Sunday Sermon: Does Digital Right

If I told you that has broadcast 15,000 live events across its digital and broadcast properties since September, you might think it was just another April Fool’s joke. But this very serious factoid, divulged in an interview with CBS last week, is just another hint that the “Big Eye” network is getting things right when it comes to bringing sports fans more of what they want, no matter how it gets there.

“People don’t realize how many live events we do,” said Jason Kint, senior vice president and GM of, in a phone interview last week. This time of year, as usual, is CBS’s time to shine with its back-to-back big events, the men’s NCAA hoops tournament followed by golf’s crown jewel, the Masters. And while the events are huge regular-broadcast ratings earners, they are also prime examples of how to do digital sports coverage right, from depth of content offered to technology-based innovation.

Getting the Rights Right is Step No. 1

It wasn’t too long ago that trying to watch as much of the NCAA tournament as you could was an exercise in futility. CBS kept the broadcast rights close to its vest and only showed select games to select regions of the country. Remember the old “look-in” snippets of exotic games? Or trying to find sports bars who could get satellite feeds of the distant regionals?

Several years ago, all that changed when online video emerged as a stable platform, and embraced it for the NCAAs in a bigger way than any other major event had. All of a sudden, seeing every game you wanted to live online was possible. And even though the fees and locations are still a work in progress — one year the cost was $10, last year it was free, and this year there was a $3.99 charge for mobile device app viewing — the bottom line was that every game was out there for fans to see, on multiple platforms.

At the Masters there is also a little bit of overlapping coverage — you can see all the CBS coverage directly at or via a Masters-issued mobile device app, or you can go directly to, either via a wired connection or through a mobile-device browser. The big point is, there’s no digital shutout to cause consternation, like the regional blackouts that frustrate baseball and football fans.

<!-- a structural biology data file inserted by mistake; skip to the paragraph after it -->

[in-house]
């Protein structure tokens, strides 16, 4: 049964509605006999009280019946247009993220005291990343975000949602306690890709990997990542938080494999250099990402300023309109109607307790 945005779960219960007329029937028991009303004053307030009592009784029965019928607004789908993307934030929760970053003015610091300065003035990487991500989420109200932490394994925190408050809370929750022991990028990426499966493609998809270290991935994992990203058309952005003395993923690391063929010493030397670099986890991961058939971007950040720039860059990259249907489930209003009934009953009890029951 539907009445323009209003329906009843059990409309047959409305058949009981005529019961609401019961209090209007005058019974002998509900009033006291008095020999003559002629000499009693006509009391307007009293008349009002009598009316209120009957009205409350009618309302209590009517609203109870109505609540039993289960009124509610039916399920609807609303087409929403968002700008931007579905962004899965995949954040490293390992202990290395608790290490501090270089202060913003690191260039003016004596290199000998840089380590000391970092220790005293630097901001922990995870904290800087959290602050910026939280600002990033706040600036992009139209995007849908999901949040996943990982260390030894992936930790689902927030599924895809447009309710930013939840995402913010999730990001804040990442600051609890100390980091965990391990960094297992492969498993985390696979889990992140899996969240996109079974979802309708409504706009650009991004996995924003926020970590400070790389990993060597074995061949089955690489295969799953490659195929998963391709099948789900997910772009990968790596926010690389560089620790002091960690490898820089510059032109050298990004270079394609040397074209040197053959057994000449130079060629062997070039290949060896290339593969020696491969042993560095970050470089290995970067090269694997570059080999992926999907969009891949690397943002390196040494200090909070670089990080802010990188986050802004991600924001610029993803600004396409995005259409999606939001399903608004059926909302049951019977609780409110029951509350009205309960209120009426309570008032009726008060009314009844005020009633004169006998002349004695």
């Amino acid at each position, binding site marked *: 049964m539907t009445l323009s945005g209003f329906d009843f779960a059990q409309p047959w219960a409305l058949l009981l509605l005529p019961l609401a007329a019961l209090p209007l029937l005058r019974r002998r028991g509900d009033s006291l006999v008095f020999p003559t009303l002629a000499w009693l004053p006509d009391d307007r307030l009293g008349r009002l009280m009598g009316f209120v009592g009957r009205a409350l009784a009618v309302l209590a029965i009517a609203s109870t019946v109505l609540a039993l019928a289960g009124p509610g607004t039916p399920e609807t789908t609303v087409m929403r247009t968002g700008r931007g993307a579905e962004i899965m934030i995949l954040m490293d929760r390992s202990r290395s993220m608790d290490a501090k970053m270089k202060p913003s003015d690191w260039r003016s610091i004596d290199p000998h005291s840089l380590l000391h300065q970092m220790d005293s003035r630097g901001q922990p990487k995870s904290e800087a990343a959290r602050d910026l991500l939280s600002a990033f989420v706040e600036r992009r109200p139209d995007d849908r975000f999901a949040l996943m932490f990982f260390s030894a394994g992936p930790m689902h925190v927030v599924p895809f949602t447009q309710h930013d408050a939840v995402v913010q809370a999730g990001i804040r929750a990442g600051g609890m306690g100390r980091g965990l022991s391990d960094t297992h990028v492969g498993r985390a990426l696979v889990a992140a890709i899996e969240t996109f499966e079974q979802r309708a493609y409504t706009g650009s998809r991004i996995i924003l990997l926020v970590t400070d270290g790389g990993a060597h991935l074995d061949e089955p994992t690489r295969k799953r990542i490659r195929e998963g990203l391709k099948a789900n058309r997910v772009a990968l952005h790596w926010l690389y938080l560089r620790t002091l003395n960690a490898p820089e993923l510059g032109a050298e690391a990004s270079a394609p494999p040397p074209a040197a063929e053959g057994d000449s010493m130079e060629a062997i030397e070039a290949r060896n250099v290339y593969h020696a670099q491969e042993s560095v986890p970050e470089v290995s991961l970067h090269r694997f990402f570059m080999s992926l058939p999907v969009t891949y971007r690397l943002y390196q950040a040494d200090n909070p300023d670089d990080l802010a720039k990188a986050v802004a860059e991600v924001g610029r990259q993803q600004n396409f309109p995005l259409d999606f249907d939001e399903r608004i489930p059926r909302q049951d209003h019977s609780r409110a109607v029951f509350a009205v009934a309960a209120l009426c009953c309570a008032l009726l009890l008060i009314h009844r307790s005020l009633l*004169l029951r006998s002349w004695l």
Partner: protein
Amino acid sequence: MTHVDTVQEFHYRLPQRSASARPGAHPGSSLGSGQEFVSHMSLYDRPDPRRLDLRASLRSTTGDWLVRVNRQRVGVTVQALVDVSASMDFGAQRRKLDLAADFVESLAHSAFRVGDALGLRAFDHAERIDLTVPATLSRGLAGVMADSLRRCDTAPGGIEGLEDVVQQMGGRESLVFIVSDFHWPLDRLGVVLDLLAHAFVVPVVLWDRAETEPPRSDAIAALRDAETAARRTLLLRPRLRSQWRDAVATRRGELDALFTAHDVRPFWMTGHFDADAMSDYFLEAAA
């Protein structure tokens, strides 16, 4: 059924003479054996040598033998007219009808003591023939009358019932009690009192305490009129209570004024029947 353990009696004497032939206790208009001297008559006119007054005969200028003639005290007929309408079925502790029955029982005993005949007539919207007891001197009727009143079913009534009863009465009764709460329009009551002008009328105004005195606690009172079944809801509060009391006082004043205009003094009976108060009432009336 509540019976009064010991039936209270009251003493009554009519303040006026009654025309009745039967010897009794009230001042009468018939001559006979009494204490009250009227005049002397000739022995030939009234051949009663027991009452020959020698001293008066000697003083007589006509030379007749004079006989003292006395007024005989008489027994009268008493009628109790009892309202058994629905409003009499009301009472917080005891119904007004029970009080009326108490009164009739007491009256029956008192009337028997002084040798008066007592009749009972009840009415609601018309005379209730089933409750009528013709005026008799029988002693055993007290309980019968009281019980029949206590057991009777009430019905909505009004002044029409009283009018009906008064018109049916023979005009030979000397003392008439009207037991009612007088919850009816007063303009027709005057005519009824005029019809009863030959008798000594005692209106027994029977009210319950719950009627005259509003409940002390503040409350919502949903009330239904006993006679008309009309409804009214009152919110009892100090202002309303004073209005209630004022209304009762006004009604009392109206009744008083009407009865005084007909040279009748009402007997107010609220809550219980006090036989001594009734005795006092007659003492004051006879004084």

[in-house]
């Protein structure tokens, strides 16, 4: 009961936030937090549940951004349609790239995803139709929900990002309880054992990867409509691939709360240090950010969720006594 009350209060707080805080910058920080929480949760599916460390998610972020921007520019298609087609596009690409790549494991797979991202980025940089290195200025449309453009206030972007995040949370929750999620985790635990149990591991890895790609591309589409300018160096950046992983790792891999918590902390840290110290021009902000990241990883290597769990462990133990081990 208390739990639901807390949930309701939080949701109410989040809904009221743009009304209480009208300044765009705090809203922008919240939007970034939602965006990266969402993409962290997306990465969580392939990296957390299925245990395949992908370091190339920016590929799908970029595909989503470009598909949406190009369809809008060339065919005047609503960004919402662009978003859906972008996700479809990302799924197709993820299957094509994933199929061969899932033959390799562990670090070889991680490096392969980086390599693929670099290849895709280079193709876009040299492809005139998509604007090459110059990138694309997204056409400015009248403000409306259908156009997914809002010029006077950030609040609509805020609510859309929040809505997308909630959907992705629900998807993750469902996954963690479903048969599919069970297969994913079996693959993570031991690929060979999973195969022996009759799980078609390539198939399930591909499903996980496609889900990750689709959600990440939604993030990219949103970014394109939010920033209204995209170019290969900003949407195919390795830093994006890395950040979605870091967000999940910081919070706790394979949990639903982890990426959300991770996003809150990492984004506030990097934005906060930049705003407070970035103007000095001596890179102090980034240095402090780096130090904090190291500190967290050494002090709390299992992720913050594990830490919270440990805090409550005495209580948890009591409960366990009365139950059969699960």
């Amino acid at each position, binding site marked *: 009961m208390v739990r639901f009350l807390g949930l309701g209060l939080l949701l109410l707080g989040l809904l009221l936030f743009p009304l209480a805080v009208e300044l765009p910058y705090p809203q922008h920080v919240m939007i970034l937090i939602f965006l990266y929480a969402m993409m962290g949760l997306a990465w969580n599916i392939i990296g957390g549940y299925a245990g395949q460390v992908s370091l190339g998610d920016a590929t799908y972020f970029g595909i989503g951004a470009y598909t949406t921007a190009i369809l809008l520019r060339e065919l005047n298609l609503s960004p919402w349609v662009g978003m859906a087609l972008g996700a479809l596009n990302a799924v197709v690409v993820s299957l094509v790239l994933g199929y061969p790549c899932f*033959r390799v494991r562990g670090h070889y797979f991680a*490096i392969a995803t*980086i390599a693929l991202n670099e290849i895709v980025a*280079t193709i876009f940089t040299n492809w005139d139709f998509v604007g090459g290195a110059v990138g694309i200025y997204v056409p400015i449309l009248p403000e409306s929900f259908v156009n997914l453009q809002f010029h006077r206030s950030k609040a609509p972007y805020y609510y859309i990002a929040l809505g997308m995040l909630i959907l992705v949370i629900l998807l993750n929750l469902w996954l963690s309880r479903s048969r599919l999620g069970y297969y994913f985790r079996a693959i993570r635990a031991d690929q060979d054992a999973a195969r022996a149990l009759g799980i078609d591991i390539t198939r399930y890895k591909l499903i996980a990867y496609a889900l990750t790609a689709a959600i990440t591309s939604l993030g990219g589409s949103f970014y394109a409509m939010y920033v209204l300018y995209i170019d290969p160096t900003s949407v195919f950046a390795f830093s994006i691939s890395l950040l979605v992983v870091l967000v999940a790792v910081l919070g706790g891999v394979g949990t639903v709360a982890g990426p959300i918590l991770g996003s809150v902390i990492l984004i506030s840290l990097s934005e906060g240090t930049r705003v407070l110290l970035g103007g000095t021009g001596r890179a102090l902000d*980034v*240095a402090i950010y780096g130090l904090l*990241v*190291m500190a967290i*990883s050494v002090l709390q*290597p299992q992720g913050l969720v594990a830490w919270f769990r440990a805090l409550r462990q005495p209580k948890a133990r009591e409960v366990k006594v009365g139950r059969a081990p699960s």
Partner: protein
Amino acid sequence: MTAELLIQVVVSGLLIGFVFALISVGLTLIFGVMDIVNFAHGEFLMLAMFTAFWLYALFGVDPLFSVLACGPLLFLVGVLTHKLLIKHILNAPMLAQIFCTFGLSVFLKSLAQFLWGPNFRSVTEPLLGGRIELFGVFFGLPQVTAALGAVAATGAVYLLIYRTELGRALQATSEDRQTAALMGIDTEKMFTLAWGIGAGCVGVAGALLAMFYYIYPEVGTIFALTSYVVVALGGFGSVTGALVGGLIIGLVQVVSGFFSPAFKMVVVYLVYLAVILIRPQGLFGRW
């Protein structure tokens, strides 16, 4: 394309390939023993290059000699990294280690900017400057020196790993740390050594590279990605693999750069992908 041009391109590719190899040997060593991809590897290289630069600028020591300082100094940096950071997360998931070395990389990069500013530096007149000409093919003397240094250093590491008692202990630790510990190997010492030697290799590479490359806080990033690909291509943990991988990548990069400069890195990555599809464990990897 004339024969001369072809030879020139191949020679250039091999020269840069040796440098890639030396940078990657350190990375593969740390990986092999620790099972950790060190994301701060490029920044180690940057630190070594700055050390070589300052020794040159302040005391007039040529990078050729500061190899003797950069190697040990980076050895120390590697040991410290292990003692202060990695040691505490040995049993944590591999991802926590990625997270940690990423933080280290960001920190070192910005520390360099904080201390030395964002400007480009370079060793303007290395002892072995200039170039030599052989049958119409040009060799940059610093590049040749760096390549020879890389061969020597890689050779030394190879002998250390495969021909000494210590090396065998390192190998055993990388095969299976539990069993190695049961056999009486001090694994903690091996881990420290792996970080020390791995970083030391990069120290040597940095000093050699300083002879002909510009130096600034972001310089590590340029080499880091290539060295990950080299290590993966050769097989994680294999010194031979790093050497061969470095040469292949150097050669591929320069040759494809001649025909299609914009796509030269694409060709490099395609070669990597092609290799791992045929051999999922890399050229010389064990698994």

“A lot of [digital coverage] is slowed down by the way the [broadcast] rights are constructed,” Kint said. “With the NCAAs we started out with rights across multiple platforms so we were able to move forward in unique ways, thinking about what the fans wanted.”

Innovation pushes the fan envelope

The Masters was another early digital sports standout, breaking away from any other online event coverage, golf or otherwise, with an enormous amount of additional content. Who knew that fans would keep their computers glued to coverage of “Amen Corner” for hours at a time? But that is what has happened, and the online viewership for the event only keeps growing, Kint said.

“You have to give credit to Augusta National for being forward thinking, yet doing things in a way that keeps it exclusive and special,” Kint said. Part of what makes the Masters a compelling online attraction is the fact that half the competition takes place on Thursday and Friday, when many U.S. fans are still at work. The second part is that the Masters has a unique history, being the only major contested at the same course year in and out, so that places like Amen Corner or other holes like 13, 15 and 16 become fan favorites all their own.

Plus, for many golfers the lyricism that is Augusta is a welcome harbinger of spring and summer, the seasonal reminder that grass is growing and it’s good to be outside.

“Masters online viewing has long hang time — we see a lot of average viewer times of more than an hour,” Kint said. “It’s almost therapeutic, to just leave it on in the background.”

This year, the online coverage will add new treats, including coverage of the Wednesday par 3 contest (which will also be covered via regular broadcast outlets, like ESPN and on’s cable channel) and a new “On the Range” talk-show segment beginning Monday of Masters week.

And though we probably aren’t to the point yet where fans’ tweets will be shown on Masters scoreboards, you can bet that will continue to find ways to stay at the forefront of the social media conversation. We really liked its after-the-game chats during the college football season, and you can bet the signing of former ESPN personality and Twitter champ Jim Rome to a show on CBSSportsNet (which starts Tuesday night) will help push the fan-interaction envelope going forward, and keep its digital-sports winning streak intact.


  1. […] Sunday Sermon: Does Digital Right “People don't realize how many live events we do,” said Jason Kint, senior vice president and GM of, in a phone interview last week. This time of year, as usual, is CBS's time to shine with its back-to-back big events, the men's NCAA … Read more on Mobile Sports Report […]

Speak Your Mind